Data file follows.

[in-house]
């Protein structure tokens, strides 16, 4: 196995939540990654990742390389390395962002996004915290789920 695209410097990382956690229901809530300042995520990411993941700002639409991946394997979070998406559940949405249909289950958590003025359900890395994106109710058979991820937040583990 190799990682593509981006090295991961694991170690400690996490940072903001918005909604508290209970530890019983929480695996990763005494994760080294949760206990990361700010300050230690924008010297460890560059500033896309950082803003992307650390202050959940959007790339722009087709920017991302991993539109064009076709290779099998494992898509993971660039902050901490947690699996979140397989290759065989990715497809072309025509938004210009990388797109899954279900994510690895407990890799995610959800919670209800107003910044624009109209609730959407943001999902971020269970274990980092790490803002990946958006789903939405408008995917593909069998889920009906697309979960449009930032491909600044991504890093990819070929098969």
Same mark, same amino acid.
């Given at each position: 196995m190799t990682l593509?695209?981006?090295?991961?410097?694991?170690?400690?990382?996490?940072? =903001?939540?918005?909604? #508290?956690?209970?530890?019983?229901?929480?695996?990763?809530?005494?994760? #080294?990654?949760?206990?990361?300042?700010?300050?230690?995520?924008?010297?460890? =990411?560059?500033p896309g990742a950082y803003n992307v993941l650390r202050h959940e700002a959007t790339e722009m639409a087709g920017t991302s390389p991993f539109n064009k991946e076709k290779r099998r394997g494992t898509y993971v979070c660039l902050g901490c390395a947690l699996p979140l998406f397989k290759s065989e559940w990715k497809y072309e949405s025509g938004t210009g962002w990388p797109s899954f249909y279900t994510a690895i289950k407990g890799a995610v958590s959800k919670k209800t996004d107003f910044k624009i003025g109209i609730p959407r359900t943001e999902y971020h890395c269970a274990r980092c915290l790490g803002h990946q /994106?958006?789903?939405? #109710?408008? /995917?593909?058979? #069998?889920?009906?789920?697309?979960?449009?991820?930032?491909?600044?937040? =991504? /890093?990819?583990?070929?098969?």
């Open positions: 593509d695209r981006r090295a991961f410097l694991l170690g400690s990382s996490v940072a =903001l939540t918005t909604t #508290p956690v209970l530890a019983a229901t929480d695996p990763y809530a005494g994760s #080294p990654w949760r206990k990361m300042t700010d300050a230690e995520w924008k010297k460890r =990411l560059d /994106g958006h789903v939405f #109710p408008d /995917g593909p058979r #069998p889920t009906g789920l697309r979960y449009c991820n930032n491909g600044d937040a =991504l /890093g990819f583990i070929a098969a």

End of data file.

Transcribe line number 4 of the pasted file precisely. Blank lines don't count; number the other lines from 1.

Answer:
């Given at each position: 196995m190799t990682l593509?695209?981006?090295?991961?410097?694991?170690?400690?990382?996490?940072? =903001?939540?918005?909604? #508290?956690?209970?530890?019983?229901?929480?695996?990763?809530?005494?994760? #080294?990654?949760?206990?990361?300042?700010?300050?230690?995520?924008?010297?460890? =990411?560059?500033p896309g990742a950082y803003n992307v993941l650390r202050h959940e700002a959007t790339e722009m639409a087709g920017t991302s390389p991993f539109n064009k991946e076709k290779r099998r394997g494992t898509y993971v979070c660039l902050g901490c390395a947690l699996p979140l998406f397989k290759s065989e559940w990715k497809y072309e949405s025509g938004t210009g962002w990388p797109s899954f249909y279900t994510a690895i289950k407990g890799a995610v958590s959800k919670k209800t996004d107003f910044k624009i003025g109209i609730p959407r359900t943001e999902y971020h890395c269970a274990r980092c915290l790490g803002h990946q /994106?958006?789903?939405? #109710?408008? /995917?593909?058979? #069998?889920?009906?789920?697309?979960?449009?991820?930032?491909?600044?937040? =991504? /890093?990819?583990?070929?098969?």